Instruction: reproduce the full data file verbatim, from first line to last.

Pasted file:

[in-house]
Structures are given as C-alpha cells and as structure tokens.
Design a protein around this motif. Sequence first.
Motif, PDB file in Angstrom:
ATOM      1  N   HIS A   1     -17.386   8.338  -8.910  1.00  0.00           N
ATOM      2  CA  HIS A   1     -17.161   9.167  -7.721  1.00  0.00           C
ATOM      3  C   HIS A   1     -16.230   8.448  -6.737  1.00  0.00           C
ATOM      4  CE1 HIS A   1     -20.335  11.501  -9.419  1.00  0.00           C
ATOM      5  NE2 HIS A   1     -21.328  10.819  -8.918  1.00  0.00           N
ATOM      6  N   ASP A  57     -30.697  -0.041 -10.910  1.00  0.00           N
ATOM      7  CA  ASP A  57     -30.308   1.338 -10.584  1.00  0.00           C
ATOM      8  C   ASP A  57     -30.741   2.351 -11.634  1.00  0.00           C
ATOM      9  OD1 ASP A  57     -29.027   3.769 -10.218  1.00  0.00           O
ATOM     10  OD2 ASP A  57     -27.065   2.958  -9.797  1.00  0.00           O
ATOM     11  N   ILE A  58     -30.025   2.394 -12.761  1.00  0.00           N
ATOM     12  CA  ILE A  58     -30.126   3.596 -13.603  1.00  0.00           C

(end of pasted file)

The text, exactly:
[in-house]
Structures are given as C-alpha cells and as structure tokens.
Design a protein around this motif. Sequence first.
Motif, PDB file in Angstrom:
ATOM      1  N   HIS A   1     -17.386   8.338  -8.910  1.00  0.00           N
ATOM      2  CA  HIS A   1     -17.161   9.167  -7.721  1.00  0.00           C
ATOM      3  C   HIS A   1     -16.230   8.448  -6.737  1.00  0.00           C
ATOM      4  CE1 HIS A   1     -20.335  11.501  -9.419  1.00  0.00           C
ATOM      5  NE2 HIS A   1     -21.328  10.819  -8.918  1.00  0.00           N
ATOM      6  N   ASP A  57     -30.697  -0.041 -10.910  1.00  0.00           N
ATOM      7  CA  ASP A  57     -30.308   1.338 -10.584  1.00  0.00           C
ATOM      8  C   ASP A  57     -30.741   2.351 -11.634  1.00  0.00           C
ATOM      9  OD1 ASP A  57     -29.027   3.769 -10.218  1.00  0.00           O
ATOM     10  OD2 ASP A  57     -27.065   2.958  -9.797  1.00  0.00           O
ATOM     11  N   ILE A  58     -30.025   2.394 -12.761  1.00  0.00           N
ATOM     12  CA  ILE A  58     -30.126   3.596 -13.603  1.00  0.00           C